Chapter 9. What Price Justice?
Stephen Pelon’s only comment to Rachel Mendez, the senior lab tech that had been there longer than the rest of the crew. Any of them.
“This damned thing is a personal killing device. You dial the number, whoever is holding it, has a very bad day, becoming an obliterated red-stain instead of a human.”
“What makes it so dangerous?”
“If this thing had not been damaged from being dropped and then immersed in oil contaminated with metallic shavings and who knows what all, it is a broken bit of electronic artwork.”
“Oh yeah. Even the battery is unique, I have not got it figured out just yet, but it is heavy. Like a chunk of steel.” He nodded. “But I got the wiring in a mass spec and I got copper-two. Copper acetylide, conducts electricity like a champ, but once detonated, all this becomes a bomb.”
“Can you disassemble it?” Rachel asked.
“Without blowing it up? Maybe. But we better not take it out of the containment box. If that goes off, anyone in a meter circle is in danger of being shredded.” Stephen said. “I want to cut off a small bit of the case and put it in the spec-analyzer, but we need to cut it carefully, if any part of this phone-looking thing goes off, it all will poof.”
“Or bang?” Rachel laughed.
“Don’t laugh, but yes.” Stephen sipped coffee out of a steel-and-glass cup designed to look like a test tube.
“Stephen, who would build something like this?”
“Not my concern, I can tell you, this is a fricken work of destructive art?” The scientist said as he looked at the mounted phone under the thick ALON blast shield. “I am afraid to even clean it off. Without the battery, I still worry about a backup detonator. This design means to hurt, a lot. But why only one person? The person that would be holding it would be the sole victim, is someone out for revenge?”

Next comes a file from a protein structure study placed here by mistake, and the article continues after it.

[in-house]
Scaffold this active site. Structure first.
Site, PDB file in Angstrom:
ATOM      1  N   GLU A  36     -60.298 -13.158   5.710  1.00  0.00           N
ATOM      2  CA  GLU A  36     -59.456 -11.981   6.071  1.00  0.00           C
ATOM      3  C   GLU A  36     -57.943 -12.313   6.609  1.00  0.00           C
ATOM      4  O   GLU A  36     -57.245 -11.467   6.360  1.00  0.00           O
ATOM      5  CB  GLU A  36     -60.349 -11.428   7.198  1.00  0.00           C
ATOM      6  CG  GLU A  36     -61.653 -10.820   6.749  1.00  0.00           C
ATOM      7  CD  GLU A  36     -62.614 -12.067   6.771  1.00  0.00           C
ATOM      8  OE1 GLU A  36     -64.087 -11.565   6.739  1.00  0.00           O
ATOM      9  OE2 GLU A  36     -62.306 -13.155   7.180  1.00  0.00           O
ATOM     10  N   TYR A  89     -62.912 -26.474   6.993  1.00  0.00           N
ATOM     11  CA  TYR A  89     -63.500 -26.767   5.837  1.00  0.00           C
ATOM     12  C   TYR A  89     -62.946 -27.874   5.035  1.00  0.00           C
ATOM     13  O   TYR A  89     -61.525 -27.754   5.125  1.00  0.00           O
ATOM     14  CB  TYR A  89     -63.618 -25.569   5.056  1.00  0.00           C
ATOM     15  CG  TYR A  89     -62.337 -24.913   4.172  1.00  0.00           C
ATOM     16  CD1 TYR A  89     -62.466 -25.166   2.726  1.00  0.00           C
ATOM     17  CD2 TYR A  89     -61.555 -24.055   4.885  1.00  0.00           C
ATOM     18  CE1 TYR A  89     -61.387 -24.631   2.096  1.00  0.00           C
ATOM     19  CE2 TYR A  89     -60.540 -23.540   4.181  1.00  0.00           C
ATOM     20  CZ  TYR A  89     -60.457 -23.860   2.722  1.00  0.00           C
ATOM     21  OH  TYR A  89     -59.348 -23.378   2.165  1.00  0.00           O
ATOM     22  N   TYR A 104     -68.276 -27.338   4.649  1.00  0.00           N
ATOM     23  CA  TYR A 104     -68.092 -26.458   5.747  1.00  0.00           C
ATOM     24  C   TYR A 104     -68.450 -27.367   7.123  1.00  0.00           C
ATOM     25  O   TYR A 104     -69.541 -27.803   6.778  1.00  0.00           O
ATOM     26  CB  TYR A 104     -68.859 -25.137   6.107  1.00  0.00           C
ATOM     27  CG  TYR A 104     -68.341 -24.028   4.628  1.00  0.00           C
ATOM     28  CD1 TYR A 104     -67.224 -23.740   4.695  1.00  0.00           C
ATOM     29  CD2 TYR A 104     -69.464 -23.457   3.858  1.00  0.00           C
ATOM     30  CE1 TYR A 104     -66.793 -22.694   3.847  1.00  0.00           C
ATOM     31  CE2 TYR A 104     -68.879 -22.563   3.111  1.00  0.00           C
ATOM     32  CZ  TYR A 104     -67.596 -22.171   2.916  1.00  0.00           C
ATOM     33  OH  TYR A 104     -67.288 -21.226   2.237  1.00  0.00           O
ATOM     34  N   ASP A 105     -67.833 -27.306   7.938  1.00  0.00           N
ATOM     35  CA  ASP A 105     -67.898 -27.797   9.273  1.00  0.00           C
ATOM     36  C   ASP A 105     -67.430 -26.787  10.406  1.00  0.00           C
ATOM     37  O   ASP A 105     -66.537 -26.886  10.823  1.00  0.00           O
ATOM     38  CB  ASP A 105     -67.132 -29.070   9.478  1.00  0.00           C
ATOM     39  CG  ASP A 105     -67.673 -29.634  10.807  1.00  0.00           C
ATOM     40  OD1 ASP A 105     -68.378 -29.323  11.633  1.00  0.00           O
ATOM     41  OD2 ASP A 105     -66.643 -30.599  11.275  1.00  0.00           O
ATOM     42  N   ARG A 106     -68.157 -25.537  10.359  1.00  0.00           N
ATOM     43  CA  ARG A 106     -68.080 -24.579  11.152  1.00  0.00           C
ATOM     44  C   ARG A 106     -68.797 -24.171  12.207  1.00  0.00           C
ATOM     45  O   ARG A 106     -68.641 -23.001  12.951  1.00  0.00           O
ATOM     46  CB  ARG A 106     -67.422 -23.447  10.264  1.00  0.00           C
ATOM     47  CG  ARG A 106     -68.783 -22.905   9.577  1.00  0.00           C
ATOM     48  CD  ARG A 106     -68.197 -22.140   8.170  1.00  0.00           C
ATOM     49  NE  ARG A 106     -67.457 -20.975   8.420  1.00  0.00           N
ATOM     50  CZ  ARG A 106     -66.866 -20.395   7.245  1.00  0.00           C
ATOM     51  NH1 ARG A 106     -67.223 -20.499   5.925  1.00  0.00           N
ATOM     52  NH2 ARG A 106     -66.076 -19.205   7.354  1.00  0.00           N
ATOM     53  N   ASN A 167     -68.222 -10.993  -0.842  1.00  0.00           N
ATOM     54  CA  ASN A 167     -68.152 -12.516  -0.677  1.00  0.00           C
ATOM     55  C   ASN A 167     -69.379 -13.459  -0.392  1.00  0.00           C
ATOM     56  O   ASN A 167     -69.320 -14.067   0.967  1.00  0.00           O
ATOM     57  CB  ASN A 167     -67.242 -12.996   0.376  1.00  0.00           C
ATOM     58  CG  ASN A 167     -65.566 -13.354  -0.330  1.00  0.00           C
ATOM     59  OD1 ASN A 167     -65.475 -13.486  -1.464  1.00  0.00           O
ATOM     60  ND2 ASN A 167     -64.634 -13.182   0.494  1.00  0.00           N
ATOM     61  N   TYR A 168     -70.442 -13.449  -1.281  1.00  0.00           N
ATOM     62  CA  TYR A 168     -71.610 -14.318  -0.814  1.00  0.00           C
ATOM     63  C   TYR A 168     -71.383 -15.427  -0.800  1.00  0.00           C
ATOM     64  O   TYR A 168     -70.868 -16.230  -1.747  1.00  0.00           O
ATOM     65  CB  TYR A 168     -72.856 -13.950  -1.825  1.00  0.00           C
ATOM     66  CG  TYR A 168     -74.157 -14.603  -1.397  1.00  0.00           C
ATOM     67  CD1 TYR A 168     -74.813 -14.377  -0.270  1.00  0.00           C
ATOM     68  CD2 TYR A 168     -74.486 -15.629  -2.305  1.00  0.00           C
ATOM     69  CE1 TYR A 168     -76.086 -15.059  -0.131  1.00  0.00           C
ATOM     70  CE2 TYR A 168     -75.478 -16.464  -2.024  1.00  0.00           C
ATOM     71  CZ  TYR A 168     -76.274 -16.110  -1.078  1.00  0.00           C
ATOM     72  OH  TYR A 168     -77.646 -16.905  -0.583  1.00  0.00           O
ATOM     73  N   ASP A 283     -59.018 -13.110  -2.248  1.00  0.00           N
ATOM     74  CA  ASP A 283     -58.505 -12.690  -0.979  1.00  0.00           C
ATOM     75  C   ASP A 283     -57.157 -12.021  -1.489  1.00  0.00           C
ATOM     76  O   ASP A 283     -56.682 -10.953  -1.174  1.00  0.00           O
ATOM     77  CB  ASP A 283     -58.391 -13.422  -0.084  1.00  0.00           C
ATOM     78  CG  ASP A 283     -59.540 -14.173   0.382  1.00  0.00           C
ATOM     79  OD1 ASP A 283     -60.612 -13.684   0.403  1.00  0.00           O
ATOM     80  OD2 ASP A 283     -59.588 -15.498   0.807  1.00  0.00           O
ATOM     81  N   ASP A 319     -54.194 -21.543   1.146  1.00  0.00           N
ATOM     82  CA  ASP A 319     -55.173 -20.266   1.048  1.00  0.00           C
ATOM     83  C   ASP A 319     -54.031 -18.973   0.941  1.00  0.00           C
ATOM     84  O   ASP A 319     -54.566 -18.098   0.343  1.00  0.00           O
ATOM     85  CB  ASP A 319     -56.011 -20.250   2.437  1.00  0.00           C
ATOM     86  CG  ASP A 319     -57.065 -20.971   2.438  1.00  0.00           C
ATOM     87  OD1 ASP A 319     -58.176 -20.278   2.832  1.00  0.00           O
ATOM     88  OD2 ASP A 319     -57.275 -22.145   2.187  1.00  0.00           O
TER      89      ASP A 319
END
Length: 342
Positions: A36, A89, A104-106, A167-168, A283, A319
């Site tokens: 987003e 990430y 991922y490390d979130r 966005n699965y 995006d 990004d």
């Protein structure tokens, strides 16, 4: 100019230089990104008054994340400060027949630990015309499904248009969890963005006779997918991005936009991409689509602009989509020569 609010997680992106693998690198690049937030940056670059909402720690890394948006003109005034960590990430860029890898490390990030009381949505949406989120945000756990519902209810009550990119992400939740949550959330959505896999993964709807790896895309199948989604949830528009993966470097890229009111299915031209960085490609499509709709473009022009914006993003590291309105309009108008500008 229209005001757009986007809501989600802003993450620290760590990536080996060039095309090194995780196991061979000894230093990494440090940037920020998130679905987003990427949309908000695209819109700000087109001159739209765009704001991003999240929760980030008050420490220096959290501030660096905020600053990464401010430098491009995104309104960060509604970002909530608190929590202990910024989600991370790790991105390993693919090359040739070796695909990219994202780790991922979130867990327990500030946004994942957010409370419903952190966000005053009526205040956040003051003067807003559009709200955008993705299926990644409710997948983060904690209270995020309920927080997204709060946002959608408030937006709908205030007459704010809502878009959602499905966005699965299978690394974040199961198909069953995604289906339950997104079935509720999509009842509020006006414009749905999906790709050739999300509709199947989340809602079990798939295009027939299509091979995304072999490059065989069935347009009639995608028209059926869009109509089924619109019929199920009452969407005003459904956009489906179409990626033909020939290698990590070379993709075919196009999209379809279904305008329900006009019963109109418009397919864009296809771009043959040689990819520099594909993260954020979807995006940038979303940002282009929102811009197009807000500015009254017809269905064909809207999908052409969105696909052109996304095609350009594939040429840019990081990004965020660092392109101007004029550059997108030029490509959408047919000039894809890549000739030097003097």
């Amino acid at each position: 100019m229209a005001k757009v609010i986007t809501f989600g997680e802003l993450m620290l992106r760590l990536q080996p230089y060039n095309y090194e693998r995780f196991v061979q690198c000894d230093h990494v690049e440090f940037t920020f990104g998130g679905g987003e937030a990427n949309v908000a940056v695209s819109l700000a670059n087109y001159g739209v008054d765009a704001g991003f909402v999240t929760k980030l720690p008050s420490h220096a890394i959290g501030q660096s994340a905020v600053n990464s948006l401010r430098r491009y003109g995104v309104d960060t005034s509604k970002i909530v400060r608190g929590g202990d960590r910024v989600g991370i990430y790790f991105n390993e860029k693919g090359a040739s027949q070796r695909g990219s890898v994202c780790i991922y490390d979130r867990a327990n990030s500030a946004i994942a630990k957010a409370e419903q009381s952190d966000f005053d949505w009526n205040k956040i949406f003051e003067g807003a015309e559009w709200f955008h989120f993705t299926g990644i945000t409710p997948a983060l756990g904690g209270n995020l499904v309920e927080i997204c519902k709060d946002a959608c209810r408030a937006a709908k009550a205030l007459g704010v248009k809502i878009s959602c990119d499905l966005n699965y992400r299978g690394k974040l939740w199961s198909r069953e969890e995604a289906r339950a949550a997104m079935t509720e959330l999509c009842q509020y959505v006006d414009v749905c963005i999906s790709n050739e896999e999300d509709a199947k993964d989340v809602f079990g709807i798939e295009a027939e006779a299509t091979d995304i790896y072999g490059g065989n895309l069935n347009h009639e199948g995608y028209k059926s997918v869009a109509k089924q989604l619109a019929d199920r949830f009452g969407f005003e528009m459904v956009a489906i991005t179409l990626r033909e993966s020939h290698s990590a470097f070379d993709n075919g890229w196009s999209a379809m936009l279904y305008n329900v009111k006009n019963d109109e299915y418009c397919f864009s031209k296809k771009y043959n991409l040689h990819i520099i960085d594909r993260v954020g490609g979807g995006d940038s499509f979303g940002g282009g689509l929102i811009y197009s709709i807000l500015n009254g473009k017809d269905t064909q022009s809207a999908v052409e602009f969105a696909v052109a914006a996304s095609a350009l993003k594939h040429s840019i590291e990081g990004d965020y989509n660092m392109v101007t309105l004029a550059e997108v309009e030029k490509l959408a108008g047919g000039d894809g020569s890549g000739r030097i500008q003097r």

Rachel looked at a screen on her handheld gauss meter.
“It doesn’t have any measurable current that I can pick up, there is no field.” She observed. “It looks inert.”
“Everything is inert until it kills you.” He said.
“You’re a cynic for a surfer.”
“I’m not the surfer, that is another novel by the writing god of this world.”
“What?” Rachel looked confused.
“Never mind, just talking while I’m thinking.” He pulled at his left ear. “The destruction of the flesh and bone in the reports shows that the range seems to be about the length of an arm in the air, much shorter if it hits any solid object, up to and including drapes, leaves of plants and heavy cloth, it is an expensive way to kill someone.”
“Could it go through the transparent aluminum?” Rachel said. “if it’s designed to kill, maybe it could blow a hole through the glass.”
“This stuff? Nah. We’ve tested this to the best of our ability. As this as this is, it would stop five pounds of C4. The floor, not so much, it would blow a big ol’ hole there.”
“What about it flying across the room?”
“Well, yeah, that would go into the bad-column.” Stephen chuckled. “Well, let’s shave a bit of the case off and do a scan in the mass spec.”
“Okay.” Rachel nodded.
“We can use the cheese knife and scrape it a bit.” Rachel smiled, referring to a flat, diamond bladed tool for scraping surface samples. She was enjoying this little puzzle.
“Good, make it so and let’s get the test done.”